University of North Dakota President Mark Kennedy announced Tuesday that the school will not be eliminating any athletic programs. Swimming World reported last week that six different teams (including swimming and diving) could potentially be discontinued at the end of this year, but efforts from student-athletes, coaches, alumni and the CSCAA have helped to stave off that fate.
Last year, Interim school President Ed Schafer had proposed cutting teams to help lower costs, but the school’s Interscholastic Athletic Committee (IAC) recommended that Kennedy keep all existing programs, believing that the teams’ value outweighed expenses. The school now figures to offset costs with ticket price and student fee increases.
Head swimming and diving coach Chris Maiello spoke to the IAC last week and gave an emotional presentation while fighting for his program’s survival. Arguments from former coach Mike Stromberg, prominent alumni and CSCAA executive Joel Shinofield all helped sway the IAC and Kennedy.
Shinofield believes that the program will require significant alumni support to ensure its long-term viability.
Kennedy released a statement Tuesday confirming his decision:
Thank you to the Intercollegiate Athletic Committee (IAC) members for their careful consideration of the optimum path for UND’s athletic program. Their commitment to One UND is demonstrated by their support of all our sports teams, even though to do this will mean a reallocation from other priorities. I affirm their recommendation for continuing with our current level of support for actively sponsored programs and their authorization for me to invest up to $7.3 million in additional institutional support to do so.
As several committee members discussed, and as a resource document that was available and discussed by the committee before the vote states, increasing institutional funding for athletics by the amount suggested would require the reallocation of resources from other priorities, including academics.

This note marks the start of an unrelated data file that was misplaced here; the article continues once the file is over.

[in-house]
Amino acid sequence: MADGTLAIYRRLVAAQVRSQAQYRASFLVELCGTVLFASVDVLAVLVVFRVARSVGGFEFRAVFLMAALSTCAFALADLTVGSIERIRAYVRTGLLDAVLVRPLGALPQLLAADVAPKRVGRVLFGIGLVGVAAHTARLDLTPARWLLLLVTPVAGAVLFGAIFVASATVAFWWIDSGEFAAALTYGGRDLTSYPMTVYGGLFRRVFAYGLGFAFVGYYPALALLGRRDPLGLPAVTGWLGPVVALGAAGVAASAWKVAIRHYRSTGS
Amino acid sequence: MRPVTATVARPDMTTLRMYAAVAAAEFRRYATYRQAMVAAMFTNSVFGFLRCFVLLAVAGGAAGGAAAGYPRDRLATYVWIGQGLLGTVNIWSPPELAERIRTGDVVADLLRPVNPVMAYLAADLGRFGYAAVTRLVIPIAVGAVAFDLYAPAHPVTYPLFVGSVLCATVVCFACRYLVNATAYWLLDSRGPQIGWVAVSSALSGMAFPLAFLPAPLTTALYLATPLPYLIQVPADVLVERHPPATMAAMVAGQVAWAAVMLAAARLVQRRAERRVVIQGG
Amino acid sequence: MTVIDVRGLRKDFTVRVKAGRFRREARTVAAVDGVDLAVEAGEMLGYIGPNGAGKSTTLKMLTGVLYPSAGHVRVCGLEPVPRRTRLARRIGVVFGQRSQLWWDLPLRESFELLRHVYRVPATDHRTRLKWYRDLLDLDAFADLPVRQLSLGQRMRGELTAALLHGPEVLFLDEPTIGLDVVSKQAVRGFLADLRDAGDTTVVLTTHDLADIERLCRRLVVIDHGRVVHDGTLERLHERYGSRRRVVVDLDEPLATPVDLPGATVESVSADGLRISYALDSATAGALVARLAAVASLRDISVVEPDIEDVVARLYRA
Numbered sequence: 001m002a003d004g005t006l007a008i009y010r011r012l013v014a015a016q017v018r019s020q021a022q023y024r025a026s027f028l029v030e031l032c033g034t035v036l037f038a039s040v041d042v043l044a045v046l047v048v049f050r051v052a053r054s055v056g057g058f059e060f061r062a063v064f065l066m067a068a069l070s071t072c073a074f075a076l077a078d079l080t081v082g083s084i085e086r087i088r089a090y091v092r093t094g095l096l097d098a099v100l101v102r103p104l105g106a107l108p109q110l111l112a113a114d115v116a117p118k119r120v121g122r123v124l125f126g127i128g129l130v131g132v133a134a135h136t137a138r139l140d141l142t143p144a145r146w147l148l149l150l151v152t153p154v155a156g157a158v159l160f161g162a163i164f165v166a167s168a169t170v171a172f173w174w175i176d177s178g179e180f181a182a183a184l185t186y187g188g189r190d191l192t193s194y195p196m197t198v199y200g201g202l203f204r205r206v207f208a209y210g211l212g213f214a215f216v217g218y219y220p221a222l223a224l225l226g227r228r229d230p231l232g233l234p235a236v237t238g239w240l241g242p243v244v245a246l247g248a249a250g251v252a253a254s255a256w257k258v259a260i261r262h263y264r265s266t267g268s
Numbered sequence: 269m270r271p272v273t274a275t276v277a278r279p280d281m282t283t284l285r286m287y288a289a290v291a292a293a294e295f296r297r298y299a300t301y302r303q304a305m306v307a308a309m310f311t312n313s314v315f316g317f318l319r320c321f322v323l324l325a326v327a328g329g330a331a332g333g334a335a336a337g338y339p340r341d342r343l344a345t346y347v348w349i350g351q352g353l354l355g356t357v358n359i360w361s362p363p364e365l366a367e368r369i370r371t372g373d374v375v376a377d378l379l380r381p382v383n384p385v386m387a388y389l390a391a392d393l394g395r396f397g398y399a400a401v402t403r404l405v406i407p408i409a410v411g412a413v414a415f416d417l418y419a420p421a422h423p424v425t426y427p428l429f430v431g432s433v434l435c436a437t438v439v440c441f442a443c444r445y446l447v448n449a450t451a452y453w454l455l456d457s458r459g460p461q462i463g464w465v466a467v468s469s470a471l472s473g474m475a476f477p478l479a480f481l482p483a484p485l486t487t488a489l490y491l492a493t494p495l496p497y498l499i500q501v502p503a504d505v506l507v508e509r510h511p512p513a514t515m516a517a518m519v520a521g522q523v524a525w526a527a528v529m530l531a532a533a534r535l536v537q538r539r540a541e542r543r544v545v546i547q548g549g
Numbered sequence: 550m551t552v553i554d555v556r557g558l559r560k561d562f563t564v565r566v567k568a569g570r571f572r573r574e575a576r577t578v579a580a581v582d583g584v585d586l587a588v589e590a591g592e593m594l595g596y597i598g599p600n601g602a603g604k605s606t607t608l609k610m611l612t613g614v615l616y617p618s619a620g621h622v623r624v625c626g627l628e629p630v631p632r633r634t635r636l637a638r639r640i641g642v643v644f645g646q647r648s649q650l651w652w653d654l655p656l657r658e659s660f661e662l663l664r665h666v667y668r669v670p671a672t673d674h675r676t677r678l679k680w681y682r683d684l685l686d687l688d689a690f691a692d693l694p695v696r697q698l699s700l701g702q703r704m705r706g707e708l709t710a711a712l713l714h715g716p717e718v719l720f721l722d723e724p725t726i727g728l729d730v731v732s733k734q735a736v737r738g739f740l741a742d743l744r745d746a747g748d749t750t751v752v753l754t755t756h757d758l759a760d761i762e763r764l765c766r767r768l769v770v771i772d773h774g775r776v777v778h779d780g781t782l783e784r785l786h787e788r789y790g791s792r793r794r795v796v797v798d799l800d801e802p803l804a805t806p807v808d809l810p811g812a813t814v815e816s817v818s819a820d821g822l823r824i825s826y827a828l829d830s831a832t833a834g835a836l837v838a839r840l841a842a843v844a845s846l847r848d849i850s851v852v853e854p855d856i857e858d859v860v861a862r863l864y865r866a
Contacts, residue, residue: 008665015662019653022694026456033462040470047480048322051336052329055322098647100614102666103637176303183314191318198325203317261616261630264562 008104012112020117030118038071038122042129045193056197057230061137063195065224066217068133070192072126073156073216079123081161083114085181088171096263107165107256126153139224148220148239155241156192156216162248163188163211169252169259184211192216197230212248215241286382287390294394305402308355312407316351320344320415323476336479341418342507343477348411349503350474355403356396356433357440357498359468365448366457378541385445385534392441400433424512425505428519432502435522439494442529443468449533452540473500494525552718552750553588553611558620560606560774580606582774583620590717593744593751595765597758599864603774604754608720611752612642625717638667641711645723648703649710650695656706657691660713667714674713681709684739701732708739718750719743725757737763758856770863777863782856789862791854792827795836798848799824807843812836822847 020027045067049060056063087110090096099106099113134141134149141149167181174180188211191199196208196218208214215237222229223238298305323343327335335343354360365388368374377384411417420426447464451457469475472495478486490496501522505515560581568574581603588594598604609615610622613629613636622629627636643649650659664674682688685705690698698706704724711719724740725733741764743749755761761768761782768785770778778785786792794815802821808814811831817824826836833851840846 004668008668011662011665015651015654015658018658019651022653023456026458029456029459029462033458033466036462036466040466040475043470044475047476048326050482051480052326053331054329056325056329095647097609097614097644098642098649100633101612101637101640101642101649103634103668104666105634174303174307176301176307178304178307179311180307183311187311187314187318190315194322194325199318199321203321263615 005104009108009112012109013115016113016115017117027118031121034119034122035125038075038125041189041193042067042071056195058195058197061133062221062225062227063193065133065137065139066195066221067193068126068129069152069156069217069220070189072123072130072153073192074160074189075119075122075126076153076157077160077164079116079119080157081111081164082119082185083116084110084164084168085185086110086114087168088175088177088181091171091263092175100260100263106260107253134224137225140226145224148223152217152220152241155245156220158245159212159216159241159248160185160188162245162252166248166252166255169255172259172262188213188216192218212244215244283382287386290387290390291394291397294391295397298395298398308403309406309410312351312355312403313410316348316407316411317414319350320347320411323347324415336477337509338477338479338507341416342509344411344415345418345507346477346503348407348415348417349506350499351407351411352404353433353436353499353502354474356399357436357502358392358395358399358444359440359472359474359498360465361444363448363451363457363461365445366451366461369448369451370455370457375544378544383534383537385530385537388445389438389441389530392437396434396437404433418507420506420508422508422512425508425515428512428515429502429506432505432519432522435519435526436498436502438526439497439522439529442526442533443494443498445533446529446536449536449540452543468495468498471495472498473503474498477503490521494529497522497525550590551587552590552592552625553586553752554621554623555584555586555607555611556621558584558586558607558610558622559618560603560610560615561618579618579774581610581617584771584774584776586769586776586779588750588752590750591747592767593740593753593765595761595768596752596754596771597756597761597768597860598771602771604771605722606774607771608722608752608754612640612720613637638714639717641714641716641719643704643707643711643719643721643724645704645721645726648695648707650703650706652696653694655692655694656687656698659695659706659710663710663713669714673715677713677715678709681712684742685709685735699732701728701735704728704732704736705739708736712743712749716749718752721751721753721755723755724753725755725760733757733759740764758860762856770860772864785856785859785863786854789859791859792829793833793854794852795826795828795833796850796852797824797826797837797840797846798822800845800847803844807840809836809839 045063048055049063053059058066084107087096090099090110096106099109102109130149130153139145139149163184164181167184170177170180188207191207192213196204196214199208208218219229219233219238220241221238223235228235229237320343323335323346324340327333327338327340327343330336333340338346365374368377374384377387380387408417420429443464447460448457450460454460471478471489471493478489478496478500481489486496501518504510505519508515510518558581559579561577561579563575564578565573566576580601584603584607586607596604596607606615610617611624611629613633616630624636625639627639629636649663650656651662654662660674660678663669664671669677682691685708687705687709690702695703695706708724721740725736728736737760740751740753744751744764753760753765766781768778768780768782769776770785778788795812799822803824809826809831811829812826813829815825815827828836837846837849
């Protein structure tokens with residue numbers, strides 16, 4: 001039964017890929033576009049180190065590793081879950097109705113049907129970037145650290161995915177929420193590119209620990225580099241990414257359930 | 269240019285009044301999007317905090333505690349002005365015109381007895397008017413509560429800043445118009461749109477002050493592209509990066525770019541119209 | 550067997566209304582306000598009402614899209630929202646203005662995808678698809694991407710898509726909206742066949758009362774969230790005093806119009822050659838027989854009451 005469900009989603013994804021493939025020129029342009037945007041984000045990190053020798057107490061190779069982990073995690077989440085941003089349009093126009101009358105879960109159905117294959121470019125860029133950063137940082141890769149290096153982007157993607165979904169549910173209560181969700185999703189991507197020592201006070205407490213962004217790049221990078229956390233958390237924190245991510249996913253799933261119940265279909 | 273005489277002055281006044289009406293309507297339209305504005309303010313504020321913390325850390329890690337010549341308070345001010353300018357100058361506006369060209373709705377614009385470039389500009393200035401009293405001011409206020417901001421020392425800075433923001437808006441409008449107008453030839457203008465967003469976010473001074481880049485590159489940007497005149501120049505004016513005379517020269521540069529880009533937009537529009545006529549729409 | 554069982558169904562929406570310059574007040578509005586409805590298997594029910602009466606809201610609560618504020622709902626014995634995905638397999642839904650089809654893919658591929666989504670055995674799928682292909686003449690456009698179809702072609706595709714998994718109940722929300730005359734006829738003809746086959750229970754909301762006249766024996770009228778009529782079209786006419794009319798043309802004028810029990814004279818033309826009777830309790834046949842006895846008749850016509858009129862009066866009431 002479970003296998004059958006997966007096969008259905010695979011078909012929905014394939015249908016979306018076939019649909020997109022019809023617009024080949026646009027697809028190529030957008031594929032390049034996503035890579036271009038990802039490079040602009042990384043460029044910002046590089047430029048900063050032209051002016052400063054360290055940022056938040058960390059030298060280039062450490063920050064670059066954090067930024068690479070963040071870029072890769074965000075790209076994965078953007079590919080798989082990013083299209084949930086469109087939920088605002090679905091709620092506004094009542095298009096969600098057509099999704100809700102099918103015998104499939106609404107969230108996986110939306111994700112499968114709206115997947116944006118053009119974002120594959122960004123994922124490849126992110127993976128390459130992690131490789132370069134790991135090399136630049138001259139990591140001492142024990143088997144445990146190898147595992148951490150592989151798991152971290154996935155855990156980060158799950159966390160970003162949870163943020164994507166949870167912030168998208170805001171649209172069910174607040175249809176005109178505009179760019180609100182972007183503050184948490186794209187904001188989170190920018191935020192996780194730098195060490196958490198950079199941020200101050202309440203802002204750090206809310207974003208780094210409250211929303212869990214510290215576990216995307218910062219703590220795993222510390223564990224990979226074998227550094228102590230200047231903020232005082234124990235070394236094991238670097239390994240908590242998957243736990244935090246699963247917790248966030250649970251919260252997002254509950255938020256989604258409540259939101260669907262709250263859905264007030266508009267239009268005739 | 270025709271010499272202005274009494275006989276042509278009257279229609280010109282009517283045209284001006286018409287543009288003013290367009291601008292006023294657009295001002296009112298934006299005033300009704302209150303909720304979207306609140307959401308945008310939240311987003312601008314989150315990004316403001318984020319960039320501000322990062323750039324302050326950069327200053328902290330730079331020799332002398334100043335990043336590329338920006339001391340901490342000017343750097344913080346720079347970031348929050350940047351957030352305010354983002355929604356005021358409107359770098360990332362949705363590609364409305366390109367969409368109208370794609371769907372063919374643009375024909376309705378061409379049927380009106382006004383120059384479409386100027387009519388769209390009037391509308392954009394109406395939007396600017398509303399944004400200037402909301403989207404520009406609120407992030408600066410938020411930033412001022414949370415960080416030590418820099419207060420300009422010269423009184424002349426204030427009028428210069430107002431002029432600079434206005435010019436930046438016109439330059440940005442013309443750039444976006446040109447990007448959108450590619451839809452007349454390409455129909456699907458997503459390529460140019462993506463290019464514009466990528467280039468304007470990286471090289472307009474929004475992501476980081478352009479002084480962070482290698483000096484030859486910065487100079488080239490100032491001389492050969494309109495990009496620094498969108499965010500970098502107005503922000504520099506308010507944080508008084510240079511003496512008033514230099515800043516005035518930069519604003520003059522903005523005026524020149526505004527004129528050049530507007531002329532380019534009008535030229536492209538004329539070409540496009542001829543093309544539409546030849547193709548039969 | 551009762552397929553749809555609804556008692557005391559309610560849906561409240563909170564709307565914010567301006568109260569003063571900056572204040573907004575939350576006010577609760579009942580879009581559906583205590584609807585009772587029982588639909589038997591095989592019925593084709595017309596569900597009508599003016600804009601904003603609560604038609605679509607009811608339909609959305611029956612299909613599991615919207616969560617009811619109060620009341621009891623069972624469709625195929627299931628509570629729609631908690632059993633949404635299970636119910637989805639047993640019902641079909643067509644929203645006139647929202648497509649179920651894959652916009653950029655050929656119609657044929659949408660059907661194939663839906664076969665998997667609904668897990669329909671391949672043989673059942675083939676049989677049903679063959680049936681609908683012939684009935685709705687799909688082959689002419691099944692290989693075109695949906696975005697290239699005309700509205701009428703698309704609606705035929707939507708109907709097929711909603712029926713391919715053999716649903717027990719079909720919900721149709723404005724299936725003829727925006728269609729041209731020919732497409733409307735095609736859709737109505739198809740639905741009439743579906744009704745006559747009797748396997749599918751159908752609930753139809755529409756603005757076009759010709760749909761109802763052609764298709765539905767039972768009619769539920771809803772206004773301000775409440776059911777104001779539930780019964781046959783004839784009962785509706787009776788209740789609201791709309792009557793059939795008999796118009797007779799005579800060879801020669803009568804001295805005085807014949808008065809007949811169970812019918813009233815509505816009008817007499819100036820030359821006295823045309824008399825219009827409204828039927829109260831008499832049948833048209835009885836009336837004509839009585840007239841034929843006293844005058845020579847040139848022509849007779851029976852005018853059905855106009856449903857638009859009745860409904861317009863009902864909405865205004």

Based on the recommendation of the IAC, we will do everything possible to prudently support the programs that attract a wide audience (Men’s and women’s basketball and hockey, football, volleyball), but our ability to fund the maximum number of scholarships allowed by the NCAA in other programs will be dependent on considerations necessary to stay in compliance with Title IX and during this period of fiscal constraint will be dependent on additional outside resources. This is necessary to limit adverse impact on priority academic funding. We will pursue options suggested in the IAC recommendation though feel compelled to recognize the fact that all will depend on the agreement of others and uncertainty exists that such hoped for additional funding will materialize.
We will visit with both the Ralph Engelstad Arena and the Alerus Center leadership to review our contracts with those entities, although it is uncertain how much flexibility there is in those contracts based on their responsibility for the upkeep and maintenance of their facilities and other support they provide.
Competitively funding scholarships and other operating costs for all of our sports at the level recommended by the IAC will take concerted efforts by all interested parties. Enhanced student support in terms of increased fees would require broad student support and would occur at a time when students may be also asked to consider
supporting an upgrade of the Memorial Union. Increased external support from alumni, parents and the community in terms of gifts would be critical. The advisability of increased ticket prices when attendance for most sports is below capacity needs to be examined, especially with competition from televised coverage from which the university already receives revenues.
The materials presented to the IAC assumes that the long-term fate of Men’s Golf will continue to be determined by the agreement already in place, making it contingent on achieving future fundraising targets.
It is heartening to see that the presentations by the coaches have generated this level of support. We appreciate the active engagement of the athletic department in these considerations. UND’s
ability to provide funding for each sport will be dependent on the level of support each sport can generate.
Thanks again to the IAC members for their diligent consideration of this important matter.